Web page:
Ben Carson's campaign is looking to do something "different" and "unusual" before the Iowa caucuses and one of the options under consideration is a foreign trip.
Asia and Africa have been mentioned in internal discussions, as has Australia, where he worked as a neurosurgeon in 1983, a campaign official told CBS News.
The official said Carson and his advisers are looking at ways to own news cycles, acknowledging that the recent focus on national security has hurt him in the polls. An overseas trip could burnish his foreign policy credentials, the official said. It would also be "eye opening" and "attention getting" and a way to command coverage leading up to the first voting contest.
The official said nothing has been set, but because Carson now has a Secret Service detail, they have reached out to government agencies to explore what would be needed as they contemplate a trip.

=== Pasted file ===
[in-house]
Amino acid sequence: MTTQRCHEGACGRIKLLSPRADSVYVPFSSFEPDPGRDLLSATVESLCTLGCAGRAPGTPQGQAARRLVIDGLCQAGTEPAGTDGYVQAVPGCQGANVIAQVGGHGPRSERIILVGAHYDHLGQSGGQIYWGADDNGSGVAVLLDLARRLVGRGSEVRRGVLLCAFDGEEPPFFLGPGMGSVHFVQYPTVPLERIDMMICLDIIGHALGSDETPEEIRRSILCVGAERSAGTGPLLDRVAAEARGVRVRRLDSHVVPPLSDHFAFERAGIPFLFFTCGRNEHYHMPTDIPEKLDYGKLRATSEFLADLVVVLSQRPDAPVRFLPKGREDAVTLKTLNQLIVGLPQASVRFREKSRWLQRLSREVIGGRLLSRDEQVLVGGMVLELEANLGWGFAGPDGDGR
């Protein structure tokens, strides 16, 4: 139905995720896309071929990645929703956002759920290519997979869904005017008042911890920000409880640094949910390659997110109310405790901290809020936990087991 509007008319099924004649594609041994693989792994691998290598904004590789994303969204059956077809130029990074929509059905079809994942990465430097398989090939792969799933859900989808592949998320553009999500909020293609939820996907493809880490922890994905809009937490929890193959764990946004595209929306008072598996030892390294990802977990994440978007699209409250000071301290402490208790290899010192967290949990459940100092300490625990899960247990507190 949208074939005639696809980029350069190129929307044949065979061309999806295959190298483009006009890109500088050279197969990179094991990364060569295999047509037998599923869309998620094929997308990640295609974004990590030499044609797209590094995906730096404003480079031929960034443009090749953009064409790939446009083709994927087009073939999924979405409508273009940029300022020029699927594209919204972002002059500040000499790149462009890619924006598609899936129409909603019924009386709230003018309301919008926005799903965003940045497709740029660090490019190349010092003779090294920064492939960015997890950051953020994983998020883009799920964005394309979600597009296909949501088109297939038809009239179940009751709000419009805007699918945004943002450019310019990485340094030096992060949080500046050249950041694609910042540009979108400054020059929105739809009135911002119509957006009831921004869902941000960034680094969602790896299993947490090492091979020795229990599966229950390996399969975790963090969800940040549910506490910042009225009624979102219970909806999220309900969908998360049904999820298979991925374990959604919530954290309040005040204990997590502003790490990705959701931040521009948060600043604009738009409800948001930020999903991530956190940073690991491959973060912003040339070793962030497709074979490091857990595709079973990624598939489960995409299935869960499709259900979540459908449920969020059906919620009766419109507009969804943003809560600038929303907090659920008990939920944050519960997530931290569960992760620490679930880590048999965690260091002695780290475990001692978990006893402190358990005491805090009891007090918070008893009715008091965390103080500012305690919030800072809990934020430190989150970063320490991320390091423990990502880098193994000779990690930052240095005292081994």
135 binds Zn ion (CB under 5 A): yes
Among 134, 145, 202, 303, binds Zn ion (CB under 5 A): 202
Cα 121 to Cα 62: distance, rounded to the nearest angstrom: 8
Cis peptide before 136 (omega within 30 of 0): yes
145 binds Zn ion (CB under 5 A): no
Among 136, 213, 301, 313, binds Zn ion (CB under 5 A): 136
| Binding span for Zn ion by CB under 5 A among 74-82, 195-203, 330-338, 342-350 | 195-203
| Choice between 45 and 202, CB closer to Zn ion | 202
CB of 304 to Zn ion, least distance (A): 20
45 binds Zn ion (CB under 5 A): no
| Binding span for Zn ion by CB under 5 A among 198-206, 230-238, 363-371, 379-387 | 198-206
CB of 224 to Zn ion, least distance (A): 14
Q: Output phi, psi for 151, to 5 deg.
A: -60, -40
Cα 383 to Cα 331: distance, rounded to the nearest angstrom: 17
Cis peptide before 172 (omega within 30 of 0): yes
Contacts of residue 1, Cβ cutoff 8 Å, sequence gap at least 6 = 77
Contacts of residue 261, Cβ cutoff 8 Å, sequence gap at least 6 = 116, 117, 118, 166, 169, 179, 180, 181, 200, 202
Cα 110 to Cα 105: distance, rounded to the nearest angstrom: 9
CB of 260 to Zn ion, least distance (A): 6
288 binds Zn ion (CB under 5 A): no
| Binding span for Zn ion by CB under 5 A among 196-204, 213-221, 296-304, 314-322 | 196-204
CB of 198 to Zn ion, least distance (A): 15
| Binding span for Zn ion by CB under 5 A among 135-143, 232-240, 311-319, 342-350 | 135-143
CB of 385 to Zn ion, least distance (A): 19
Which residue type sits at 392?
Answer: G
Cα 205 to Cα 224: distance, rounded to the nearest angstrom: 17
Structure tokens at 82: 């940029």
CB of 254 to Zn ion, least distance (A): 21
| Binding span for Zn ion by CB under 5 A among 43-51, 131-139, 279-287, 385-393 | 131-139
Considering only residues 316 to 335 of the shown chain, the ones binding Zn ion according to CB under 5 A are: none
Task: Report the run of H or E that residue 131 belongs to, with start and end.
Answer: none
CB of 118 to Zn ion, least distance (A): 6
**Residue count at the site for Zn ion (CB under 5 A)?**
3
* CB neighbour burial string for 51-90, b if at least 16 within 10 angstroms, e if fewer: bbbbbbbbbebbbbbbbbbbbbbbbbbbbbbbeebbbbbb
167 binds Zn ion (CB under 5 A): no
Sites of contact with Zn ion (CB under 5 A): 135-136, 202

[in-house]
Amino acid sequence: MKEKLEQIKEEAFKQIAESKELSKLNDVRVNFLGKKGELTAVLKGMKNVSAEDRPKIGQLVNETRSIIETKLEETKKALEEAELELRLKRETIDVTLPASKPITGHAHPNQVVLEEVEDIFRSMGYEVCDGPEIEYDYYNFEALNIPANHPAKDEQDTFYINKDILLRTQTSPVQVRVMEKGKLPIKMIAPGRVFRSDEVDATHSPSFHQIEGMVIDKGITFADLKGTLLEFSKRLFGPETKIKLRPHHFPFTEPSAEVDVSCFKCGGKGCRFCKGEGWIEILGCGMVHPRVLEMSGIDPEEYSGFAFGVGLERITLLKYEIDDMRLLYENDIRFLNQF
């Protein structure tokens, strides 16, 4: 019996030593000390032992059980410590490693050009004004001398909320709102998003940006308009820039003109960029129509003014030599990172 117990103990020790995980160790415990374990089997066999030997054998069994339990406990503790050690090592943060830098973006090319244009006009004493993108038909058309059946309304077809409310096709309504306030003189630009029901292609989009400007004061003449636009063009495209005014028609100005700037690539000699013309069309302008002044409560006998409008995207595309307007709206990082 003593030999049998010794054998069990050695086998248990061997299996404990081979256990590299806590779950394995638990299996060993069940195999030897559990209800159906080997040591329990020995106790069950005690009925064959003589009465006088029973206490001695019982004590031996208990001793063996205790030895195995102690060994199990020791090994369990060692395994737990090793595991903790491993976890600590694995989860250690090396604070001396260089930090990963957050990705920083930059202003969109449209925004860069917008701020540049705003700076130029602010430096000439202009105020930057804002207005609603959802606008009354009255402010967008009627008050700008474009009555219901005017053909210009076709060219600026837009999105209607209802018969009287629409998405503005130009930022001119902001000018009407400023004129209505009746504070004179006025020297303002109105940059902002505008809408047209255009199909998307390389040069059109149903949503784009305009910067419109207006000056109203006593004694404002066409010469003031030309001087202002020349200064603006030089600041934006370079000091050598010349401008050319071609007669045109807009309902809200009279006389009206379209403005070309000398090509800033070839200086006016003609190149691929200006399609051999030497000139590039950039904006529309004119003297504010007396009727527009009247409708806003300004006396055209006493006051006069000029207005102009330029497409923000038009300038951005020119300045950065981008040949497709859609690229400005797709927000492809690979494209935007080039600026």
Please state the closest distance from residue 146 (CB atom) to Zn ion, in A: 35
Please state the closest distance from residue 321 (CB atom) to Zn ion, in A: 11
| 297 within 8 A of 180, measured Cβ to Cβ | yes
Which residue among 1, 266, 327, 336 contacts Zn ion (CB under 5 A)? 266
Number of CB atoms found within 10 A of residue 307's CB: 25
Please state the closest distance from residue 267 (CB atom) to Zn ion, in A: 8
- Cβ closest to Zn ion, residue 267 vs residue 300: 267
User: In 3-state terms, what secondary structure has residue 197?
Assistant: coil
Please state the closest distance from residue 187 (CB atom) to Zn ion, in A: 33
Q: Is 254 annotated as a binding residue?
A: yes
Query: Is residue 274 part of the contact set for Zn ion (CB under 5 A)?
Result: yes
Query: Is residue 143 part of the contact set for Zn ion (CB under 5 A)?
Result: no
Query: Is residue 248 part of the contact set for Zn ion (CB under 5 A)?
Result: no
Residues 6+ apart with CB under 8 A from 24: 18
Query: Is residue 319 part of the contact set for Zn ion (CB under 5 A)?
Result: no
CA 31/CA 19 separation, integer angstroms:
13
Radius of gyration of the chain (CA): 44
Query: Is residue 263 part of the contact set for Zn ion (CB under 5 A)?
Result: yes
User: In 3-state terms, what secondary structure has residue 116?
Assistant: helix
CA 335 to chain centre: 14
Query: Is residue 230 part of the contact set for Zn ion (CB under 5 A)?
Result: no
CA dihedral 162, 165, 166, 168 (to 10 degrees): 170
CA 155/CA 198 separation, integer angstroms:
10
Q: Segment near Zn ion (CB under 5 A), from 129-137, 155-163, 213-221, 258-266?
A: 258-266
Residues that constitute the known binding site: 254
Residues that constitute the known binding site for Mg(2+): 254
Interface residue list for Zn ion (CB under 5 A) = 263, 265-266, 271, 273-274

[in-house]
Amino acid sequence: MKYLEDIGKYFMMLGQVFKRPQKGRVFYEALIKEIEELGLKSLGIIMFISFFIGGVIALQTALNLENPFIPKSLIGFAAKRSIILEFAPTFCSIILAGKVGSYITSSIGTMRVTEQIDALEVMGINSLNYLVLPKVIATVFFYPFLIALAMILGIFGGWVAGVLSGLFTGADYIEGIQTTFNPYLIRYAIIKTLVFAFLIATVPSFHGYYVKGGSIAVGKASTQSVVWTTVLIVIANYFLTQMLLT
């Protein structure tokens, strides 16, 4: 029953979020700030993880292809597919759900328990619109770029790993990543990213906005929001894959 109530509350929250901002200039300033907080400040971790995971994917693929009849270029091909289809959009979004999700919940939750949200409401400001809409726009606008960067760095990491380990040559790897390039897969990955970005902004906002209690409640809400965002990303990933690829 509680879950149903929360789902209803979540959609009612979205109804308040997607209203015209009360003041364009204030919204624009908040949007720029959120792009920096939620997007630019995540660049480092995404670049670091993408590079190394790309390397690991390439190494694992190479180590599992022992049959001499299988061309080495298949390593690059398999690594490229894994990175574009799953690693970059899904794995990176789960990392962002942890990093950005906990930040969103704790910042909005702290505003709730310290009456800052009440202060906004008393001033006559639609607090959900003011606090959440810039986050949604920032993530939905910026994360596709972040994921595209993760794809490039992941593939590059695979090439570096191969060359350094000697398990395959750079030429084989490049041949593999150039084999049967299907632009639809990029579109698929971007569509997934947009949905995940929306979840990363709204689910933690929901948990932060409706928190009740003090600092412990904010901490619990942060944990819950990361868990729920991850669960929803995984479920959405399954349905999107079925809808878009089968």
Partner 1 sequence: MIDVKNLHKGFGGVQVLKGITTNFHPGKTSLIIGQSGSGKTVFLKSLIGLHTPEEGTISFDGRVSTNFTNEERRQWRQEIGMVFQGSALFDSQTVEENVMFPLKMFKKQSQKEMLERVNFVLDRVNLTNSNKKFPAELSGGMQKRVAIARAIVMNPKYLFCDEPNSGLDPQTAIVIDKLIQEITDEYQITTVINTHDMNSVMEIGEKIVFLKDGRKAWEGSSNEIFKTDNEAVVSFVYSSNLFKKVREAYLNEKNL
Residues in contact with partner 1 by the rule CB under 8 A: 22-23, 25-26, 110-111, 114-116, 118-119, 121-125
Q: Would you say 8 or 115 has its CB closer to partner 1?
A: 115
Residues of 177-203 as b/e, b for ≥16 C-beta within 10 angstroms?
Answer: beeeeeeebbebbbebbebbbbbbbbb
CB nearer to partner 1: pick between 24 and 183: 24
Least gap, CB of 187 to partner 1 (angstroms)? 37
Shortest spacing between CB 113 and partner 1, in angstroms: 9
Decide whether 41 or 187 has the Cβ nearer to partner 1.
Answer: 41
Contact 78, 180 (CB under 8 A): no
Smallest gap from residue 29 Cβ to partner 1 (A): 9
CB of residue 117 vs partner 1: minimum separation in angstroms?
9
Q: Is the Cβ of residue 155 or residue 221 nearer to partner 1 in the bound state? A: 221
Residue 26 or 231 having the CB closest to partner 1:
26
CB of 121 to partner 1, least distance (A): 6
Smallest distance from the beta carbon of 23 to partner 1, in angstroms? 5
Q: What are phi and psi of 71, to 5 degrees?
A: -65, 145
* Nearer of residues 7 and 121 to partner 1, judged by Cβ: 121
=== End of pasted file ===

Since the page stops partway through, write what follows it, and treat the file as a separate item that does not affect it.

The former neurosurgeon's foreign policy credentials have come under fire after he made some questionable comments on international affairs, such as his assertion in the last GOP debate that the Chinese are in Syria. The New York Times subsequently reported that efforts to tutor Carson on foreign policy issues have been of little help.
Duane R. Clarridge, cited as a top adviser to Carson, told the newspaper, "Nobody has been able to sit down with him and have him get one iota of intelligent information about the Middle East."
A new CBS News poll out Sunday showed Carson losing ground in Iowa. He is the first choice of 19 percent of Republican likely primary voters there, compared to 27 percent last month. Less than half of those voters, 43 percent, said he is not ready to be commander in chief.
Carson's campaign pushed back against the story, calling Clarridge "a very nice man" and "an older man who had an amazing career" as a former CIA agent. But they said he is not one of Carson's foreign policy advisers.